She is seeing these filmmakers work with algorithms and data and wondering how informed are filmmakers in working with data?  What are the protocols around transparency and literacy for these media makers? What level of data literacy do the subjects and audience need?  She points to the Tow Center event upcoming (their report on Algorithmic Transparency is great).  There is no space for filmmakers to think about this.

The group discusses various options and issues such as visualizing algorithms, debating the merits of transparency versus algorithmic literacy, and pinpointing the goals of understanding algorithms.

Sarah Williams

Sarah teaches a required GIS class in the urban planning group at MIT. She spends two weeks of the class on representing data in an ethical way.

“Power is the ability to do work which is what maps do: They work”

  • Dennis Wood: Power of Maps

Basically - We believe maps to be true, so they have power. She shows two maps: which map is the right map? (Motor vehicle deaths or motor vehicle death rate) They tell very different stories. Answer: Motor vehicle death rate, in this context, as opposed to deaths in total. Because the rate is normalized to account for population. But the "right" answer is not always clear. Sarah walks the group through distinctions between the different ways of breaking up a distribution of data to make a choropleth map (unclassified, "natural" breaks, quantiles and so on). In the ethics classes they discuss how different breaks create different stories.


We broke out into three groups for discussion: Cases, Activities and Tools.


Catherine led the cases group. They discussed some of the high-profile cases that Catherine mentioned in her presentation and also mentioned others:

  1. - This is Mohammed's project to advocate to take down the regime in North Sudan during the Arab Spring. The government shutdown the INternet. His group designed the crowd map to get information out about this. The complicated factor was that they had a particular political position (against the regime) and international outlets started to use them as an unbiased source of information. So they found that they needed to move towards a more neutral position in order to be trusted and get information out that wasn't otherwise flowing.

  2. Snowden - We discussed the Snowden case as a good example of data and ethics that highlighted misuse of personal and other data.

  3. Disney Bands - Like a FitBit that tracks you around the themepark. Gives participant certain access to different rides. It's convenient. Disney gets all the data from exactly where you go and when.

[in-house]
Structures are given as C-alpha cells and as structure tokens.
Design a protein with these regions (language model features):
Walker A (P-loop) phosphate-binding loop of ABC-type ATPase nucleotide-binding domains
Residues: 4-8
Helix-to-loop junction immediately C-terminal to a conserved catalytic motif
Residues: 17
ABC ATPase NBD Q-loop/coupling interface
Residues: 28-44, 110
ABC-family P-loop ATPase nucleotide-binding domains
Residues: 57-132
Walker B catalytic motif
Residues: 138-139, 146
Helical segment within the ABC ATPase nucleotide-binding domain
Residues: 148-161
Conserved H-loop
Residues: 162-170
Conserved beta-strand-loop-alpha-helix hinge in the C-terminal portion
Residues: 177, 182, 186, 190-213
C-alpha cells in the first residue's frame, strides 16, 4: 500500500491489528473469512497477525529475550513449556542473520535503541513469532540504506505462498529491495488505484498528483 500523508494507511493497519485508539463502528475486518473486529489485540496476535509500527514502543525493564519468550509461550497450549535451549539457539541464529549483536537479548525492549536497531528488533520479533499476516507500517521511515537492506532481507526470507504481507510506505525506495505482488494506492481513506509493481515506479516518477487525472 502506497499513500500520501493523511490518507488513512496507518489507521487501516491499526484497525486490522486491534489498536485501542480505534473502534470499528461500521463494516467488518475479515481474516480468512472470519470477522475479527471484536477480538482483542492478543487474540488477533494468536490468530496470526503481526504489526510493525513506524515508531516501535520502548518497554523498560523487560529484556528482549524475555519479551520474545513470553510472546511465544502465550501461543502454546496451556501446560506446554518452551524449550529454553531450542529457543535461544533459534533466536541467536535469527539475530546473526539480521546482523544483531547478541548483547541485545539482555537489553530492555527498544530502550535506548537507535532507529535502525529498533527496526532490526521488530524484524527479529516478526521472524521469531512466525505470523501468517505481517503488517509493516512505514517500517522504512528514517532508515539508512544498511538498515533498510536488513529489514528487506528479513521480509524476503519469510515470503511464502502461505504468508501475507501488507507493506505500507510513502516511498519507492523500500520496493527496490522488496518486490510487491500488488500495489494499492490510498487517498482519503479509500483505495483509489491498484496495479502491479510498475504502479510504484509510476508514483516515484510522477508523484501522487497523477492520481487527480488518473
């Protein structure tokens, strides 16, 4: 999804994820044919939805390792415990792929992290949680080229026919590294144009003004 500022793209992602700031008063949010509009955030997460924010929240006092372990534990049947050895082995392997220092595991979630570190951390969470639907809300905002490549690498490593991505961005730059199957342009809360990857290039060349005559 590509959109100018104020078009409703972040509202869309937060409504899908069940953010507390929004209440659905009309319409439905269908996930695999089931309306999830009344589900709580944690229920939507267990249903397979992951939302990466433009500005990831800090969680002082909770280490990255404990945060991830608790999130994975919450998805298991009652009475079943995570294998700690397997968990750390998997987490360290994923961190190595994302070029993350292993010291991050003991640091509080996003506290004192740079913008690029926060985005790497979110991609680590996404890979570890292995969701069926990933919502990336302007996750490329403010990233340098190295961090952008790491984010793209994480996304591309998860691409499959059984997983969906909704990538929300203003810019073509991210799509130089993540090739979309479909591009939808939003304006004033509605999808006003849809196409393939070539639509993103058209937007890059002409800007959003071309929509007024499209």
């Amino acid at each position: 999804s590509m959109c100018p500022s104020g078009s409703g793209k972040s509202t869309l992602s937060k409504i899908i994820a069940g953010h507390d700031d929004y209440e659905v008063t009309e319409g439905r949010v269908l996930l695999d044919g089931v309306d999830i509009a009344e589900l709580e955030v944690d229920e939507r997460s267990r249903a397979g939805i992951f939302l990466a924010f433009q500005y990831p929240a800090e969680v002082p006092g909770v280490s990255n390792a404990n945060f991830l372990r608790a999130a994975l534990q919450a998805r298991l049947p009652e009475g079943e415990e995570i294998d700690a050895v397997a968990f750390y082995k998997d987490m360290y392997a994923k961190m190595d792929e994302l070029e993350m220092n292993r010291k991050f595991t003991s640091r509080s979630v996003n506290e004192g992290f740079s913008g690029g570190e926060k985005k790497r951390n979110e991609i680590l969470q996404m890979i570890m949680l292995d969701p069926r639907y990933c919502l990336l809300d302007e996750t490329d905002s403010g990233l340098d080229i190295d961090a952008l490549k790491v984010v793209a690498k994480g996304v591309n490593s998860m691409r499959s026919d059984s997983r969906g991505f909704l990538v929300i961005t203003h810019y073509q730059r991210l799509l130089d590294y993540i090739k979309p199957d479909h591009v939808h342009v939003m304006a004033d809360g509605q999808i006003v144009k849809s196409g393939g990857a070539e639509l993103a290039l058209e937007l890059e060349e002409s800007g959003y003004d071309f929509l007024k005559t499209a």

4. Bringing data & ethics to the university - We discussed how you might make these cases relevant to college students on campus by looking at how universities are using data, what they track about their students.

  5. Sudan truck drivers - In Sudan, there is a company like UPS in the states that tracks all of their trucks with GPS and other sensors.


Dalia led the activities group which was charged with coming up with activities to do in a classroom or workshop setting that would teach ethics and data.

  1. Tell different stories from the same set of data.

  2. Commodification of data, there must be a way to visualize the market value of data to push for the "why should you care?"

  3. Data literacy - learning how to understand data (Correlation vs causation) there are a number of visuals that have.

  4. Ecosystem visualizations - shows aerial views of systems, showing the different layers and tradeoffs.

  5. Creating a game to show how data is power, how is the data used.

  6. It depends on the context and who the audience, if it’s a journalism article vs targeting other audience members.  

  7. WTF Visualizations - critiquing existing projects and find what’s wrong with them.

  8. Try to identify people in the other group with open data, eg. me & my shadow. Fill in the blanks / discrepancies of personal data.


Sarah Williams led the tools group which discussed tools for teaching ethics and data. Their list was as follows:

  1. Mapping or graphing tool (Excel, CartoDB) to do activity comparing

  2. Best way to teach data ethics is through activities

  3. Problems are templatization and out-of-the-box tools too easy to use

  4. Importance of annotating tools and techniques to teach ethical issues

  5. OpenPass tracks your phone for a week, download xml file to a map so you can have conversation around data, privacy.

  6. IFTTT can help you track a hashtag and explore data that you’ve captured yourself. Explore biases, teaches you about noise.

  7. EFF Surveillance Self-Defense

  8. Security in a Box


This session surfaced multiple dimensions of data and ethics, including ethics in collection and storage of data, ethics in analyzing and presenting data and ethics in communicating about data to the public. We heard about ethical issues faced by group members related to scientific research, journalism education, public policy-making and film. We shared numerous ideas around cases, activities and tools we can use to teach data ethics in a workshop or classroom setting.